April 27, 2008

Defensive "Sex Writer" Responds


Oh, my god. I am nearly speechless. Except, of course. I'm not. (When am I ever actually speechless?) But I find this article so offensive. This is a feature about a new book called "Playing," and in the piece, the journalist describes the writer, saying: Eight months pregnant, Abrams wore a demure wrap dress and thick-knit sweater and donned a soft brown bob, looking nothing like the writer of a bondage-spiked book.

What the fuck is the writer of a bondage-spiked book supposed to look like? Here are some of the writers I know who have at least dabbled in bondage writing: Sommer, Kristina, Shanna, Nikki. Saskia. Which one looks like a writer of a bondage book?

Would this sentence be in the piece if Abrams were the writer of crime fiction? Or romance? Or gardening? Are writers supposed to go out in costume now so that they can sell the genre they write for? I mean, what's implied is that we bondage-spiked book writers always go around in head-to-toe latex. (Except for Sommer, because she'd die from an allergy...we'll have to put her in leather.) Is it the soft brown bob that makes Abrams look "nothing like the writer of a bondage-spiked book"? Or her thick-knit sweater? Or the fact that she's pregnant? Or the demure wrap dress?

I'm flat out puzzled by these statements:

The problems of language may be why the divide between literary sex and erotica is so stark -- beautiful or intellectual language may not be titillating language, and if climax is the goal, even the best writers' words can't compete with an amateur's quivering camera. Sex scenes have foiled many an experienced novelist; one London literary journal even hands out Razzie-type awards for worst-written sex (past winners include Tom Wolfe and Norman Mailer, posthumously).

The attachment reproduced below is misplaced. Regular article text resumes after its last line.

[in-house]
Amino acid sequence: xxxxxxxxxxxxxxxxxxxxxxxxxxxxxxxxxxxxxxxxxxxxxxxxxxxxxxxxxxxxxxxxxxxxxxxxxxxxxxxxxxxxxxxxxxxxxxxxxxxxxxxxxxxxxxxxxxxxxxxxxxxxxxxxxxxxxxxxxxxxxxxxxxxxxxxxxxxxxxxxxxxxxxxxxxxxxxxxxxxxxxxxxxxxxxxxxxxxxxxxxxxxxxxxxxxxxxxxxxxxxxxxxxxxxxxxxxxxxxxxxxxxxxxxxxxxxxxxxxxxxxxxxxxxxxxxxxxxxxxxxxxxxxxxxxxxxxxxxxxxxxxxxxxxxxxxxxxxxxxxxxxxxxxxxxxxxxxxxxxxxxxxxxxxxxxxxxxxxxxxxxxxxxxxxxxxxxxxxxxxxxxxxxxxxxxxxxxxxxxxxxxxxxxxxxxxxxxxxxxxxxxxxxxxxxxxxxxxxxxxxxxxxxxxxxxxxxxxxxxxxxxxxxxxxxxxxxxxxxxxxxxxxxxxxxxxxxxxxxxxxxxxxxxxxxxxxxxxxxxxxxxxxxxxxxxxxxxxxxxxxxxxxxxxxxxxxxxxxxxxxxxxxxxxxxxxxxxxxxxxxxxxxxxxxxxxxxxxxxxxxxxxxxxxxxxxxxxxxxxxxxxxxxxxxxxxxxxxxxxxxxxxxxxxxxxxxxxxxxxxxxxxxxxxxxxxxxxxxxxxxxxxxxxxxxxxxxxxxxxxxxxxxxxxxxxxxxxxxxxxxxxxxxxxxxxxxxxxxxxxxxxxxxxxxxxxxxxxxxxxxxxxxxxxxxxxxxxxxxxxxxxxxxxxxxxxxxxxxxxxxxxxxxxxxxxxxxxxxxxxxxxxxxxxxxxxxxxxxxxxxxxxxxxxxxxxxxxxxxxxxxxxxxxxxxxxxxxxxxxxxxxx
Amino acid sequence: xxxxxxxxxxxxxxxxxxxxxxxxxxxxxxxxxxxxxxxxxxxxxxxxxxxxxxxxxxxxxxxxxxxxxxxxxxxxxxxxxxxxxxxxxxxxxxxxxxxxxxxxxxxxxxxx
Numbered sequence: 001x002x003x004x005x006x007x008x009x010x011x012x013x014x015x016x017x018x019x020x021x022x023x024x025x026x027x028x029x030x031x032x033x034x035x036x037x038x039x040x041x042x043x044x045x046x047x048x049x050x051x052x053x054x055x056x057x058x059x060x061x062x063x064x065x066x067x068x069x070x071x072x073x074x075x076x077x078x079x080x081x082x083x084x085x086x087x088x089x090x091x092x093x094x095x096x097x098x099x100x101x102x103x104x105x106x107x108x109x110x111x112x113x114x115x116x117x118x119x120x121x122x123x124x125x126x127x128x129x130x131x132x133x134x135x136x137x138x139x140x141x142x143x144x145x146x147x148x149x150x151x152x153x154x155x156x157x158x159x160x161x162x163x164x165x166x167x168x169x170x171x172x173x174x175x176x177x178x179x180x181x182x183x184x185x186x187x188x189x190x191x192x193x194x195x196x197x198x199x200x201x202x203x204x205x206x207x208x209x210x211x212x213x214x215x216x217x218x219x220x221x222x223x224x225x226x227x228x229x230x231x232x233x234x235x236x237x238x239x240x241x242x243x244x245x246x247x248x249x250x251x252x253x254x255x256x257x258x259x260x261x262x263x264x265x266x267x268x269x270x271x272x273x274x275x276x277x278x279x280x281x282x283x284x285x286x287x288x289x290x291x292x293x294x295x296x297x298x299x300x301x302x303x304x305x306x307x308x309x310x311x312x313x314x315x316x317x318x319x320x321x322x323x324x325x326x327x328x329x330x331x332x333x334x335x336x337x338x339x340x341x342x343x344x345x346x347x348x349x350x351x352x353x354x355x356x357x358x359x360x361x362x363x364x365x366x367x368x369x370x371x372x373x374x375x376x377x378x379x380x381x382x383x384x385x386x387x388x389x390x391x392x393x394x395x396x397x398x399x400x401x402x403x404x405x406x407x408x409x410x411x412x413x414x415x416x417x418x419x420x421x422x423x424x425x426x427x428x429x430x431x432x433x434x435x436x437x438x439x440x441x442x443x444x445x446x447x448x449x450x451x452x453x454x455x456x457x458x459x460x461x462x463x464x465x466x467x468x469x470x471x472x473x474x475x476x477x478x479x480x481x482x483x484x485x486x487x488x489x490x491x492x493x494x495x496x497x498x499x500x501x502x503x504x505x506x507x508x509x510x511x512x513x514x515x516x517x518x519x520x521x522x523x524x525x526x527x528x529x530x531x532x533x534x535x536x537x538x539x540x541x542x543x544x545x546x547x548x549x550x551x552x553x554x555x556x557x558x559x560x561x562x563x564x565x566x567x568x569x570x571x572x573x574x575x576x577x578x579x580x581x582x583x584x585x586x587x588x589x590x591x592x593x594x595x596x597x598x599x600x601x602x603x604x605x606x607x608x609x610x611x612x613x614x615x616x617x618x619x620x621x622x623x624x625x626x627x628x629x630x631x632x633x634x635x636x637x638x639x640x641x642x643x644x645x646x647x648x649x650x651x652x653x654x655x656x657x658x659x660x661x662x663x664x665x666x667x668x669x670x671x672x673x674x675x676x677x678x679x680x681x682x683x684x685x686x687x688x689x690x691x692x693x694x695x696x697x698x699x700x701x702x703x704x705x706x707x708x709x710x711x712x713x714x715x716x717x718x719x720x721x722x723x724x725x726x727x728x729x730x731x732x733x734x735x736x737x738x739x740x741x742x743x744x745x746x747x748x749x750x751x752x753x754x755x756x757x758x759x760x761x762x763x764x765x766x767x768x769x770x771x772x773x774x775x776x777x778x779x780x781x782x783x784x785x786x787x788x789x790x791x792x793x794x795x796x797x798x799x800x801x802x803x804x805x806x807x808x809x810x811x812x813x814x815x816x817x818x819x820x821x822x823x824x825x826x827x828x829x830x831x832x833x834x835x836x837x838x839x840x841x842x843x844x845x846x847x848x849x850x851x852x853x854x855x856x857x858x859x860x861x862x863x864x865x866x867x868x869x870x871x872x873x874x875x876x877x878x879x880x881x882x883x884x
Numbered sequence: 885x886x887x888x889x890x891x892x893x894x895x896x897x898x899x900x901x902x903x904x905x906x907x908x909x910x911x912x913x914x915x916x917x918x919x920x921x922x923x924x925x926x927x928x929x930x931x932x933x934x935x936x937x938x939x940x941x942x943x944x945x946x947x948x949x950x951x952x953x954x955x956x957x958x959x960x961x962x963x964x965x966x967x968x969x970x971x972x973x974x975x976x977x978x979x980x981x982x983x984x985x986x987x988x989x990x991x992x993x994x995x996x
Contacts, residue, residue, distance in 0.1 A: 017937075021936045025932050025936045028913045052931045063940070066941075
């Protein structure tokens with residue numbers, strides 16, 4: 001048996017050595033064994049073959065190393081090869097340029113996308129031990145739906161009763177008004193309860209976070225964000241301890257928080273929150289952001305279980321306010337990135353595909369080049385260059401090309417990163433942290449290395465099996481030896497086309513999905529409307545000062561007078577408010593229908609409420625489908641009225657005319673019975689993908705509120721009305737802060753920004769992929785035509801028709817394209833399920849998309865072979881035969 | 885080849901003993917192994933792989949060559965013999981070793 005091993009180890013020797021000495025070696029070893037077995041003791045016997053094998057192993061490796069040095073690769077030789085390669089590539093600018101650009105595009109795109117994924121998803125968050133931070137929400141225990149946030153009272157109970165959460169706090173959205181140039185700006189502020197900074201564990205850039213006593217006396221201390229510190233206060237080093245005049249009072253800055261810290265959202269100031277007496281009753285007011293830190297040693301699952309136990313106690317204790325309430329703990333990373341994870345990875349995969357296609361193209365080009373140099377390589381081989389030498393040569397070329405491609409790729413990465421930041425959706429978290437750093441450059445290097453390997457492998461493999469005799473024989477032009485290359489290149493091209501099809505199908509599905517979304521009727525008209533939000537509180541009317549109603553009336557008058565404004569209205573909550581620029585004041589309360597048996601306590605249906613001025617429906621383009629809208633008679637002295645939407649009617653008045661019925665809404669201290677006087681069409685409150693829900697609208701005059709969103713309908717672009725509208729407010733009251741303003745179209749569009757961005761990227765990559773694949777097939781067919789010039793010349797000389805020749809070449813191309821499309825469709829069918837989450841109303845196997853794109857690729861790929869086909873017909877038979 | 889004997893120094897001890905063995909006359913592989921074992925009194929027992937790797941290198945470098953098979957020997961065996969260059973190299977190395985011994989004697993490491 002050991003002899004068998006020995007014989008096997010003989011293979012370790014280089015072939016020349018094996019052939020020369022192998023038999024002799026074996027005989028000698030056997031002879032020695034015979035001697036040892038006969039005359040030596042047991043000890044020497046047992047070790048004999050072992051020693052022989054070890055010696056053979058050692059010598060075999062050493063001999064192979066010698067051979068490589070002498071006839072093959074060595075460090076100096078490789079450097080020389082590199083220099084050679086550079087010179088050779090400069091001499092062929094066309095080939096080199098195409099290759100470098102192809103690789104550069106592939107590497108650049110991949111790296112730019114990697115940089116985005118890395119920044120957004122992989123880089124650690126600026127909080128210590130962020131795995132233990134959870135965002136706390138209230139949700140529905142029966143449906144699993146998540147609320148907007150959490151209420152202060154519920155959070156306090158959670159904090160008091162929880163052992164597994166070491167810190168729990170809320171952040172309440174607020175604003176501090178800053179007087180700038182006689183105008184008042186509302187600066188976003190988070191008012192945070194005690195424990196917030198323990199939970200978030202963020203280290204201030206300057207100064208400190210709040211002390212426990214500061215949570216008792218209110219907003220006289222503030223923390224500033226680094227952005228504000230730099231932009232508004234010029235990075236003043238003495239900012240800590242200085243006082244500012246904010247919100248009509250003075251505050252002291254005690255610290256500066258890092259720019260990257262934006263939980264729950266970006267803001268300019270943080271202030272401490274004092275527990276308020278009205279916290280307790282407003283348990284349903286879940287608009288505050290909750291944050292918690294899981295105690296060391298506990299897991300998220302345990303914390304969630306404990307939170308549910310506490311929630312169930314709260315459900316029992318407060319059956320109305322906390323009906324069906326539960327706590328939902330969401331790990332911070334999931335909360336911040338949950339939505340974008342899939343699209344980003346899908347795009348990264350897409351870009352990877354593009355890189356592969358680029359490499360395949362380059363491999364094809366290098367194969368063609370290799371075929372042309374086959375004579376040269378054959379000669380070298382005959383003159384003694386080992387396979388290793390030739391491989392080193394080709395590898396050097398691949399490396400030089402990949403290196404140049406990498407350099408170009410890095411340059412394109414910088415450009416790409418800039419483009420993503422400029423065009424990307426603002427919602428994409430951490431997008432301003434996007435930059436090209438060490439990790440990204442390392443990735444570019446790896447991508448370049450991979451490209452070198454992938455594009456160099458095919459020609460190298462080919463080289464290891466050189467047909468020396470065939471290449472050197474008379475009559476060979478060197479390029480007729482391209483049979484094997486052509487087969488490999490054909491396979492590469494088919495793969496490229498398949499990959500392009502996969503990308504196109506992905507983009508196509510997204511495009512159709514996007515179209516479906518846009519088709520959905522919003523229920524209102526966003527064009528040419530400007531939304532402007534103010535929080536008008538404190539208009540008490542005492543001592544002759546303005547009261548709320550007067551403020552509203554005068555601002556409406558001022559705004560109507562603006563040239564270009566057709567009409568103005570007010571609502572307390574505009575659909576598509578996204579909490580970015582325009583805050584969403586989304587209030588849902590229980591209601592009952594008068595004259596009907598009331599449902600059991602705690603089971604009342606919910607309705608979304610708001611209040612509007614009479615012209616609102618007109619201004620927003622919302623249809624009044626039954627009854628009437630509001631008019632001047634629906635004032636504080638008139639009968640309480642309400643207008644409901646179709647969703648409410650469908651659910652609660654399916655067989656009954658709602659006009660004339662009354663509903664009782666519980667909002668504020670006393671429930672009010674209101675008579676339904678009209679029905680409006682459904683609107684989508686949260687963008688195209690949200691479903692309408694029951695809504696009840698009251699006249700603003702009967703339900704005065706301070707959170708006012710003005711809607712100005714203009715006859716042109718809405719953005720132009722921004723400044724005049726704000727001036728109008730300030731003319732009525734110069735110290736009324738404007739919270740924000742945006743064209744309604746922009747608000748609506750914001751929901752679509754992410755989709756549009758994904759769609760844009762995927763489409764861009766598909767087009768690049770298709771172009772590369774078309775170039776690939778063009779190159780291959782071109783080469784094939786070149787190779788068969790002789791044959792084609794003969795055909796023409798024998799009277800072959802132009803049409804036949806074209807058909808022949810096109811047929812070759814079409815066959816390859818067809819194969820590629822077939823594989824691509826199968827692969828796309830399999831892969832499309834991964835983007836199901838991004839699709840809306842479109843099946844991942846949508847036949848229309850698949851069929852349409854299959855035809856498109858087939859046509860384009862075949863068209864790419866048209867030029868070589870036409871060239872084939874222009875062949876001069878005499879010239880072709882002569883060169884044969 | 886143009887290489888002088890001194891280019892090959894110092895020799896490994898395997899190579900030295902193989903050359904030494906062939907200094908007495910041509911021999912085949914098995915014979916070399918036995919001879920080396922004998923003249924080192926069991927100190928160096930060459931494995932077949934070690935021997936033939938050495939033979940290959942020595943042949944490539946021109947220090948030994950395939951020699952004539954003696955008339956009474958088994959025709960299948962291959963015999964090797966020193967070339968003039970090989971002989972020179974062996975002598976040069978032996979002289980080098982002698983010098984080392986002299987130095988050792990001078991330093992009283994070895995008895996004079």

All that can make erotica writers sound defensive. "Americans don't like their sex and their art mixed together," said D.L. King, editor of the review site EroticaRevealed.com and a writer of BDSM fiction (it encompasses bondage, discipline, dominance, submission, sadism and masochism). "Erotica writers are still treated like the bottom of the barrel."

And so Abrams was worried that, as a first-time novelist, she'd be seen as a "sex writer," with the reader's lone gratification as her primary purpose. She tried to strike a balance, she said, by focusing on Josie's complexities and avoiding pornographic cue words of the four-letter kind, aiming to "give pleasure in a couple ways" -- literary and sensual.


I keep rereading to figure this out. What does it mean "the divide between literary sex and erotica is so stark"? What is the difference between literary sex and erotica? Good erotica is literary. Right? And I feel as if the journalist is trying to head off angry "sex writers" by saying: "All that can make erotica writers sound defensive."

Well, yeah. You've basically just said that erotica can't be beautiful or intellectual. That good writers are easily trumped by amateurs in the world of smut. I don't believe a journalist would make these statements about any other genre. Nobody would claim that Stephen King couldn't compete with an amateur horror writer, or that Sue Grafton couldn't hold her own against a novice crime writer.

This is why "sex writers" get defensive.

Any opinions?
Other than the advice to settle down with a shot of tequila?

XXX,
Alison

P.S. Fabulous fetish art is by Nancy Farmer. The frisky little dollies have their own website!